17.6. Teacher Note: Turtle Geometry¶

The turtle is actually useful for exploring a wide variety of ideas in geometry. The book Turtle Geometry does a wonderful job of showing how turtles can be used to explore a wide variety of geometric, mathematical, and scientific ideas (e.g., using turtles to model insect behavior). The example pattern below is drawn from that book.

17.7. Total Turtle Trip Theorem¶

That last piece of code is actually a pattern for a wide variety of geometric shapes. Here’s a triangle. It may not be obvious why we turn 120 in this program, but it will be soon.

Run the code to see what it draws.

And here’s a pentagon.

Run the code to see what it draws.

The Total Turtle Trip Theorem states that the turtle will draw a closed figure with n sides when the sum of the angles turned is a multiple of 360. In the triangle example 3 * 120 = 360 and in the pentagon example 5 * 72 = 360.

Change the ?? in line 7 below to the amount to turn each time to draw a 12 sided polygon, which is called a dodecagon. If you get it right the turtle will draw a 12 sided closed polygon.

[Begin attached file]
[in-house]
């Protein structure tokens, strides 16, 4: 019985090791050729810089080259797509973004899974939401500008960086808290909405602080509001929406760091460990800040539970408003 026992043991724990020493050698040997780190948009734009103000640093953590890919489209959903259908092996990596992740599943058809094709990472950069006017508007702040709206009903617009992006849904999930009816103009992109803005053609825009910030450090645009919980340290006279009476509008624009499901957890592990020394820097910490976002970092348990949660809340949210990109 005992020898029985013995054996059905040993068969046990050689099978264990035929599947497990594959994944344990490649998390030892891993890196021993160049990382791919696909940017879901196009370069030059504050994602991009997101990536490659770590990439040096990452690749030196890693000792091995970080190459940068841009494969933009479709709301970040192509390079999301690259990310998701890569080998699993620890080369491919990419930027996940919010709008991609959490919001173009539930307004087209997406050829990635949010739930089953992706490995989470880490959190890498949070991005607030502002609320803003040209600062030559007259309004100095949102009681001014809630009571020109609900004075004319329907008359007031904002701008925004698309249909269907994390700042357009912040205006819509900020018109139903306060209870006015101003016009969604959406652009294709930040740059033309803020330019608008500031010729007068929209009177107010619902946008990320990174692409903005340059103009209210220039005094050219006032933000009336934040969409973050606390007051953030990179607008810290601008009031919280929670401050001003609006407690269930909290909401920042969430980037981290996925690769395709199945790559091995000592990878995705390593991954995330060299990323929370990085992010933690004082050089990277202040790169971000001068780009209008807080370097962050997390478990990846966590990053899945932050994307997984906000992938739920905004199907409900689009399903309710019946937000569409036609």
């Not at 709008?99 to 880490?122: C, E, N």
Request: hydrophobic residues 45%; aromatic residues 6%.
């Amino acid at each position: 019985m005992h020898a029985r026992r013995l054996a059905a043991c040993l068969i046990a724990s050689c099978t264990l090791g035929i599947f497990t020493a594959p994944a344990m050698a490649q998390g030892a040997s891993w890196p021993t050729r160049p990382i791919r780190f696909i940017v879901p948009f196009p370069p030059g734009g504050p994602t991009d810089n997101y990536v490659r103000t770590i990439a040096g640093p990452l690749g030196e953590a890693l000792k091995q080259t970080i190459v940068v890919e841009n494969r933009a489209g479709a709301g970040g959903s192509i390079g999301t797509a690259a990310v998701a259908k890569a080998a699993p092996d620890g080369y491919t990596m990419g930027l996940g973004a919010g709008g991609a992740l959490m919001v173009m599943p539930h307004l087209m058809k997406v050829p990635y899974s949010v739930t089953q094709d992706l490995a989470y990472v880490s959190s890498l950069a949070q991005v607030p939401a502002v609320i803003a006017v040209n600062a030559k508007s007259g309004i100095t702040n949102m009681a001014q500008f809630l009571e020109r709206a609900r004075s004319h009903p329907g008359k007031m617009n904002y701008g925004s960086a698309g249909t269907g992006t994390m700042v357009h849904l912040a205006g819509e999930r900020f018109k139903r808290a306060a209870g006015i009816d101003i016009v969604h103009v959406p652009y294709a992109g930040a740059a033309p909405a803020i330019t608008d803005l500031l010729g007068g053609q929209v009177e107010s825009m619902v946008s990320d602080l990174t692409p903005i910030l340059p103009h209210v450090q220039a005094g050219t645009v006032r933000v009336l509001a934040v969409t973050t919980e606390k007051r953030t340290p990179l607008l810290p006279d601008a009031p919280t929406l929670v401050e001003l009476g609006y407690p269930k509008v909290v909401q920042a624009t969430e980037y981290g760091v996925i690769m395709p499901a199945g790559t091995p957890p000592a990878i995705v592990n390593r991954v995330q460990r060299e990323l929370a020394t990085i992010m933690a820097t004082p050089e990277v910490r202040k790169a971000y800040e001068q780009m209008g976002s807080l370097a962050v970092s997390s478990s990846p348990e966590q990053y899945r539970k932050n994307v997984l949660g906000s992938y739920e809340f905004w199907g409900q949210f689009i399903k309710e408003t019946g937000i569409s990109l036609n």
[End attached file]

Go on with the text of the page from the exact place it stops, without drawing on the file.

You will need to replace the ‘??’ on line 7 to have the code correctly draw a dodecagon (a polygon with 12 sides).

The following program uses a turtle to draw a triangle as shown below, but the lines are mixed up. The program should do all necessary set-up and create the turtle. After that, iterate (loop) 3 times, and each time through the loop the turtle should go forward 100 pixels, and then turn left 120 degrees. Drag the needed blocks of statements from the left column to the right column and put them in the right order with the correct indention. There may be additional blocks that are not needed in a correct solution. Click on Check to see if you are right. You will be told if any of the lines are in the wrong order or are the wrong blocks.

Write a function which takes in a turtle object and the number of sides as parameters to draw a polygon. Call the function to test it.

Run the code to see what it draws.